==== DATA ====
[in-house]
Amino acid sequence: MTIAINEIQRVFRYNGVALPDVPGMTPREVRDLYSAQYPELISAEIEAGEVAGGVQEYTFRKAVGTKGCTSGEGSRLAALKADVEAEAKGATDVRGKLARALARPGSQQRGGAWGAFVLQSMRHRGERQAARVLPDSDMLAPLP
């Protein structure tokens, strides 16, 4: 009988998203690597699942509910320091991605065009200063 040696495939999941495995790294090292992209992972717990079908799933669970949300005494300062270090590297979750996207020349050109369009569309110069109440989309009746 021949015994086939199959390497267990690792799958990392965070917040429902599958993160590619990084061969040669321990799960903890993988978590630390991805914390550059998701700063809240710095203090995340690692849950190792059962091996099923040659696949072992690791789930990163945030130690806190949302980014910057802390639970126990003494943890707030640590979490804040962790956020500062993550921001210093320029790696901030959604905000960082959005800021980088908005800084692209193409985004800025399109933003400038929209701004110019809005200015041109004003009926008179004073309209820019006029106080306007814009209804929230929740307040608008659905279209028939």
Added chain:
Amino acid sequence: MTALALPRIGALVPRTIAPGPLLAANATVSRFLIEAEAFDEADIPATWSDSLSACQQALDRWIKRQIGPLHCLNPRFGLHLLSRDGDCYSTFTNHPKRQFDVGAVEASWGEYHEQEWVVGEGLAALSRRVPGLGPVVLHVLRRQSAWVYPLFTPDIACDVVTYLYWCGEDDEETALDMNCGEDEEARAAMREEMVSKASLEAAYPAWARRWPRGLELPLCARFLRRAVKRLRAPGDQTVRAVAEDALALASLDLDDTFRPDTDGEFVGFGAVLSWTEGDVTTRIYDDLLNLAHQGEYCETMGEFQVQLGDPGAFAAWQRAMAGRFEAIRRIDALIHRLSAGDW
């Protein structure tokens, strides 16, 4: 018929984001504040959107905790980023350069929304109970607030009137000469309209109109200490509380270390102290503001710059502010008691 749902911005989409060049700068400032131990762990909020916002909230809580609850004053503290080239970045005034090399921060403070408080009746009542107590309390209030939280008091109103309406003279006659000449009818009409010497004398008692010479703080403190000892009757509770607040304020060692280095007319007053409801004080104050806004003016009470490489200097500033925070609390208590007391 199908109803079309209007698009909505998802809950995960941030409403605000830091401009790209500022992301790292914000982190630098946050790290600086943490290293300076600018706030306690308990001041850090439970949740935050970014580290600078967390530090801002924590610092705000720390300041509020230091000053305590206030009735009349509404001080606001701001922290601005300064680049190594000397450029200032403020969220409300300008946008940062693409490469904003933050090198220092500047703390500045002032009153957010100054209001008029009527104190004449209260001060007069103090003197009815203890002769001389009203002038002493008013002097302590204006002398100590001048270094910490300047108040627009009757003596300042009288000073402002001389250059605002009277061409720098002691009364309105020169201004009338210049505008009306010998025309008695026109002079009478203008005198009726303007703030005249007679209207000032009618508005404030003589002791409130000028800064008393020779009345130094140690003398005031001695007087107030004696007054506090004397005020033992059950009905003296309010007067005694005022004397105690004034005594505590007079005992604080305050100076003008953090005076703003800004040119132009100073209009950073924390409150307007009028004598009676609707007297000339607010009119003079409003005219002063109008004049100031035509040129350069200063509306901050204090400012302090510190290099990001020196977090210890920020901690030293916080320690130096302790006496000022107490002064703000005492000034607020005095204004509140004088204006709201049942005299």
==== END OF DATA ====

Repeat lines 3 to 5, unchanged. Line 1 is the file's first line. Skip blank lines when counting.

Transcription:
């Protein structure tokens, strides 16, 4: 009988998203690597699942509910320091991605065009200063 040696495939999941495995790294090292992209992972717990079908799933669970949300005494300062270090590297979750996207020349050109369009569309110069109440989309009746 021949015994086939199959390497267990690792799958990392965070917040429902599958993160590619990084061969040669321990799960903890993988978590630390991805914390550059998701700063809240710095203090995340690692849950190792059962091996099923040659696949072992690791789930990163945030130690806190949302980014910057802390639970126990003494943890707030640590979490804040962790956020500062993550921001210093320029790696901030959604905000960082959005800021980088908005800084692209193409985004800025399109933003400038929209701004110019809005200015041109004003009926008179004073309209820019006029106080306007814009209804929230929740307040608008659905279209028939």
Added chain:
Amino acid sequence: MTALALPRIGALVPRTIAPGPLLAANATVSRFLIEAEAFDEADIPATWSDSLSACQQALDRWIKRQIGPLHCLNPRFGLHLLSRDGDCYSTFTNHPKRQFDVGAVEASWGEYHEQEWVVGEGLAALSRRVPGLGPVVLHVLRRQSAWVYPLFTPDIACDVVTYLYWCGEDDEETALDMNCGEDEEARAAMREEMVSKASLEAAYPAWARRWPRGLELPLCARFLRRAVKRLRAPGDQTVRAVAEDALALASLDLDDTFRPDTDGEFVGFGAVLSWTEGDVTTRIYDDLLNLAHQGEYCETMGEFQVQLGDPGAFAAWQRAMAGRFEAIRRIDALIHRLSAGDW